Selected Reviews

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How the Hell Are You Feeling?

"Kristi McGarity’s How the Hell are You Feeling? is a breath of fresh air. This is music with a physical presence and the balance and orchestral colours achieved by composer and performers is a revelation. Pizzicato, harmonics, arco, golpe, con legno, rasgueado, glissandi are put in a blender and set on high – we no longer care if the resulting sonic gems are being produced by Gould’s fingernail or Schneider’s horsehair!" -- Michael Dias, Classical Guitar Canada

"Their name, Duo46, comes from the strings on their instruments (four and six). Their mission is new music - edgy, cutting-edge, over-the top. Their commissioning project has not only created a unique niche, but it also has added substantially to the repertoire of violin music with guitar. Take the piece "How the Hell are You Feeling?'' by Kristi McGarity - a tour de force of extremes in both instruments, searing glissandos and rhythmic taps on the guitar case" -- Janelle Gelfand, Cincinnati Enquirer, August 28, 2003

"The improvisatory, almost jazzy feel of Kristi McGarity's How the Hell are You Feeling? shows the players in their element, particularly in the heartfelt romancing of the central movement. . . . It is a testimony to the sheer imaginative drive and inspiration of Schneider and Gould that the works commissioned for the disc are so varied, inventive and enjoyable, and that they are performed with such commitment and flair." -- Catherine Nelson, The Strad, June 2003

"The combination of violin and guitar is eminently portable and begs for music that is similarly versatile, both technically and stylistically. Guitarist matt Gould and violinist beth Ilana Schneider-Gould, Americans now based in Cyprus, certainly rise to the challenge in this collection, which showcases a handful of mostly thirty-something composers who have no problems seamlessly integrating the two instruments in a way that smoothes over any residual stylistic baggage. Whereas most pieces for this combination fall at polar extremes - either creating musical statements that neglect to incorporate the essence of the instruments, or empty displays of idiomatic virtuosity that forget entirely about making music - the composers commissioned by Duo46 can write serious music while letting the guitar sound like a guitar. Part of the advantage is brevity. No piece in this collection goes on for more than eight minutes, and the result is one of intense concision rather than scarcity of ideas. . . Kristi McGarity's cheeky suite, 'How the Hell are You Feeling?', twists its chromatic motive in three distinct movements. . . . The real success of this recording lies in the duo's fiery performances, which always seems to have plenty of fury left to unleash, especially when the music seems calm on the surface." -- Ken Smith, Gramophone, April 2003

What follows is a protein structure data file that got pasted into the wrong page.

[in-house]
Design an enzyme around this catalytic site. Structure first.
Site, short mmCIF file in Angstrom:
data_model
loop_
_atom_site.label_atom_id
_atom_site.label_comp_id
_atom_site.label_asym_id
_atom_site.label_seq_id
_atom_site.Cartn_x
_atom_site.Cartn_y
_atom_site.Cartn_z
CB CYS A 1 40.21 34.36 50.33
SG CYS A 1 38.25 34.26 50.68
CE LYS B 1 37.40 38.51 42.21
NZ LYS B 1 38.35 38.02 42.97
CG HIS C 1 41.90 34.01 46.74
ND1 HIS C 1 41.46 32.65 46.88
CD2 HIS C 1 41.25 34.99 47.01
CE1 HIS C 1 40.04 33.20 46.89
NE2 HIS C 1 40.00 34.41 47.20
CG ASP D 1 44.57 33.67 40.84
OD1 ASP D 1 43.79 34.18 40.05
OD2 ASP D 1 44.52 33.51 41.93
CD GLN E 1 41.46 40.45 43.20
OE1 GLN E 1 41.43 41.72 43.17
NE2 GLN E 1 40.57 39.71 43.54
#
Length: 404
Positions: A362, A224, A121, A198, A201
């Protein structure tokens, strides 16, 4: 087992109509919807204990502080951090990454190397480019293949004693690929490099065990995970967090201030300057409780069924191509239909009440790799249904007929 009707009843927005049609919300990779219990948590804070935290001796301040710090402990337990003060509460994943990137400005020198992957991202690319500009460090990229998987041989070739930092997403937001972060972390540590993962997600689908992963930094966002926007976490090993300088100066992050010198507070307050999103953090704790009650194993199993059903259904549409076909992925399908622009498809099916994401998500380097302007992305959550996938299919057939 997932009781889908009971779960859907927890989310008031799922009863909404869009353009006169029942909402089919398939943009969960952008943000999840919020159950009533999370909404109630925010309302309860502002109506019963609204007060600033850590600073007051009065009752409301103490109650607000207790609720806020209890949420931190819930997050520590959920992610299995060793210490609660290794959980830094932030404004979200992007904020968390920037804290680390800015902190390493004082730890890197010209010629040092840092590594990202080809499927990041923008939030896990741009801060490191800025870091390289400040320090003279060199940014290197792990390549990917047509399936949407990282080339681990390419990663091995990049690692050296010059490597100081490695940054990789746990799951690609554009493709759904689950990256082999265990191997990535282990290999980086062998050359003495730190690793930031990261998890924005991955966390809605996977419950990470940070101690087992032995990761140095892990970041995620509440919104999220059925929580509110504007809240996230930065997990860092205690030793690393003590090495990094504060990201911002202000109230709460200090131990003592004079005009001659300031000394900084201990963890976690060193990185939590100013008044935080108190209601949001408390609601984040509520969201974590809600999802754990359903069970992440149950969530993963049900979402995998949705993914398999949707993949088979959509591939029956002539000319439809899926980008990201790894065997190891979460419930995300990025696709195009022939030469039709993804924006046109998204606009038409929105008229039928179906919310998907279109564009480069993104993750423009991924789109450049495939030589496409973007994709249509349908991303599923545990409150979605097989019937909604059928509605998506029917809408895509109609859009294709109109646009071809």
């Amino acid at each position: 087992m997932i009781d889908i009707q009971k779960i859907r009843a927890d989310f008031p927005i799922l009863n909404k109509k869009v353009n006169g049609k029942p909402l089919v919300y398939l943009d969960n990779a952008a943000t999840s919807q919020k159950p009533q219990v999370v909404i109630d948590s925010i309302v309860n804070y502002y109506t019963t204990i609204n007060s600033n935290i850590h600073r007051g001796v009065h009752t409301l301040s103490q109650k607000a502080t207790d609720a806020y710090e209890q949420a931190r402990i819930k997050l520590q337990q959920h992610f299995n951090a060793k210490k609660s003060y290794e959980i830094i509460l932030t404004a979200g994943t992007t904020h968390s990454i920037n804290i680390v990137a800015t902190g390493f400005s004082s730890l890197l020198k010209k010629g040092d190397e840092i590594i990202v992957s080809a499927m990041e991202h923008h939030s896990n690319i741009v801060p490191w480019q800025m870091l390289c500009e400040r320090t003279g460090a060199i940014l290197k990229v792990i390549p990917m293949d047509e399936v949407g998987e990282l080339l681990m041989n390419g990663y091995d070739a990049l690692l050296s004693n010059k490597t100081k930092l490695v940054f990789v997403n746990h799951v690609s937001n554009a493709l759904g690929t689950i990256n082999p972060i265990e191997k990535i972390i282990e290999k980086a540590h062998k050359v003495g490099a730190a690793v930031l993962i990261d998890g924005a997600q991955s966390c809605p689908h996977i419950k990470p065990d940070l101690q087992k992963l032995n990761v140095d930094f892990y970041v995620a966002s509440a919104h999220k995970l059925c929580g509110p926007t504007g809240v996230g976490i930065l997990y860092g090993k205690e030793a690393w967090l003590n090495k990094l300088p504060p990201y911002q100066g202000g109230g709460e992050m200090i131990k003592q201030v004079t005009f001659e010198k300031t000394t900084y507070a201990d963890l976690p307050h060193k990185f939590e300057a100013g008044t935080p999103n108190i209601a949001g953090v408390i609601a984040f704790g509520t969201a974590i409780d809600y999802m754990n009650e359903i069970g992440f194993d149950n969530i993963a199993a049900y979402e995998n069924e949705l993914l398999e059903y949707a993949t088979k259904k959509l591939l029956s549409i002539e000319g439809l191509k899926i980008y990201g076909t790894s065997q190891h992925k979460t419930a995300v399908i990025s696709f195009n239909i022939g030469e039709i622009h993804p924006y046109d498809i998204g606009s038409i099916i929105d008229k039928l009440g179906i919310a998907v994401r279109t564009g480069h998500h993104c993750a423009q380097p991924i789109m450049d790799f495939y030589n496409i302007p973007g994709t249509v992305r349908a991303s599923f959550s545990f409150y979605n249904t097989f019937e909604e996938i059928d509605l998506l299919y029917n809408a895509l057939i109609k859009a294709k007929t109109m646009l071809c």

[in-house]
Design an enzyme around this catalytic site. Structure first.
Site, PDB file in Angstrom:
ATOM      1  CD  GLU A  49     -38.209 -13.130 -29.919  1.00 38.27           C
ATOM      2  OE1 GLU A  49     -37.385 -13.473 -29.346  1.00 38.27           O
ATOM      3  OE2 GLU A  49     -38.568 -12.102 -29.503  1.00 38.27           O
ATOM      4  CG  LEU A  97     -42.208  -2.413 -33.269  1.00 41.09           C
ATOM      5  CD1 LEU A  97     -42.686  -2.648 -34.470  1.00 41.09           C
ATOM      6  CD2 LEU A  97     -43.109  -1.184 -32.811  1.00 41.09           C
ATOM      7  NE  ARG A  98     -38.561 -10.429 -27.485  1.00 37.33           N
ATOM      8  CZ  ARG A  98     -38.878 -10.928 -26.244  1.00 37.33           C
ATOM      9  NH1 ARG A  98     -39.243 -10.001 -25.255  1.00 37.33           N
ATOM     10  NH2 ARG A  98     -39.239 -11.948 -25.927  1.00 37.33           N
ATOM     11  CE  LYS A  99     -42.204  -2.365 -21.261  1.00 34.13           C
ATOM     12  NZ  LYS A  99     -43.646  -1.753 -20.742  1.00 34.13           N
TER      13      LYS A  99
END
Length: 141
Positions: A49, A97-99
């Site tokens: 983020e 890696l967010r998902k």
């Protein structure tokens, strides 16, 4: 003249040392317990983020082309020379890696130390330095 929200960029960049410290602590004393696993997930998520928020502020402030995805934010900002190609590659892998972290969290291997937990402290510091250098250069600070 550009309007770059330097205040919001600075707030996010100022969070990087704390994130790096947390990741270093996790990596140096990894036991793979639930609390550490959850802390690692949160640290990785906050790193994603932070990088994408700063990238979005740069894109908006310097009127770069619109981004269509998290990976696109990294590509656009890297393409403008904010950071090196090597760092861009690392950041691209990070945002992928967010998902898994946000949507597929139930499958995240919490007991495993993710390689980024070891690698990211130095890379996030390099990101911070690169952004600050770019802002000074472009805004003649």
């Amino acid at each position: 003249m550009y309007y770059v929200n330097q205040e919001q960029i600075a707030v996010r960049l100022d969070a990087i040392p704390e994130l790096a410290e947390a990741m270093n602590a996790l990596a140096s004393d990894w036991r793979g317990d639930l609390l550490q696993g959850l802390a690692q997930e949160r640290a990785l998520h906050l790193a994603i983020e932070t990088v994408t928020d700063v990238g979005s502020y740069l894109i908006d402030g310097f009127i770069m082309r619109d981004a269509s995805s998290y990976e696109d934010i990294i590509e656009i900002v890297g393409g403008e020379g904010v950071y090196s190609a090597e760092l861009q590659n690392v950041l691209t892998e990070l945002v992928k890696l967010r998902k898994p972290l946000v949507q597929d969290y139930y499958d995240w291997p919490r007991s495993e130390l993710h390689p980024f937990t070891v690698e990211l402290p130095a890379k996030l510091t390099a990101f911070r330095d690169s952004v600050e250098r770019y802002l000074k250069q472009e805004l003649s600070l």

Tech Support:

"The finale, 'Tech Support/The Next Release,' was perhaps most significant, in light of Y2Kand spreading computer viruses. Composed by Kristi McGarity and choreographed by Alexandra Warn, the 'musical poem' fused the sounds of various recognizable office machines with narration about the insanity of dependence on the computer.

The five dancers operated like parts of each machine, often running smoothly, then breaking down in 'fatal errors' as computers often do. The piece nails software producers for including snags that can only be fixed by purchasing the newest annual program.

McGarity makes headway on the path forged by performance artist Laurie Anderson. . .a rising star to watch."
--Joshua Fischer, "Get Connected: Rare Music Joins Bizarre Movement," Daily Texan 8 April 1999

"Kristi McGarity's 'Tech Support' effectively matched a witty story with a highly effective tape part." --SCI Newsletter, April/May 2000

"Tech Support by Kristi McGarity ended the concert with an hilarious take on office machines."
--Adrian Moore, "A Personal Reflection on SEAMUS Y2K"

Opposite Day:

"Two female vocals intertwine heavenly. . . a double-barrelled Ann Arbor answer to Laurie Anderson, made palatable to the pop listener."
--Jam Rag, 1 Feb 1995
"Local Ann Arbor techno/house release with lots of ambience, cool beats and a couple of undeniable hooks. This musical style usually bores the BeCobains out of me, but Opposite Day actually kept me listening."
--Jam Rag, 1 Mar 1995
"The 10 electronic music and dance pieces on display inside the Payne theater ranged widely in quality. Some standouts were Joseph Harchanko's mystical and alluring collaboration with Kristin Marokus, "From a Dream to a Vision/Weave"; David Hainsworth's "Scatter"; and Kristi McGarity's sassy resurrection of a 1992 pop tune, "Billy Ray."
--Michael Huebner, "Composer steps on the gas in UT Recital," Austin American-Statesman 10 May 2000

Three E.E. Cummings Poems:

"You can tell a lot about a choral composer by his or her choice of words and the musical response to those words. Austin ProChorus neatly illustrated this axiom Friday at the Lady Bird Johnson Wildflower Center, showcasing seven of the state's music makers in 'A Tribute to Texas Composers.' . . . . Kristi McGarity of Austin tackled the precisely constructed jumble of e.e. cummings by breaking lines into parts or repeating and overlaying phrases."
--Michael Huebner, "ProChorus Blooms during Wildflower Center concert," Austin American-Statesman 30 April 2001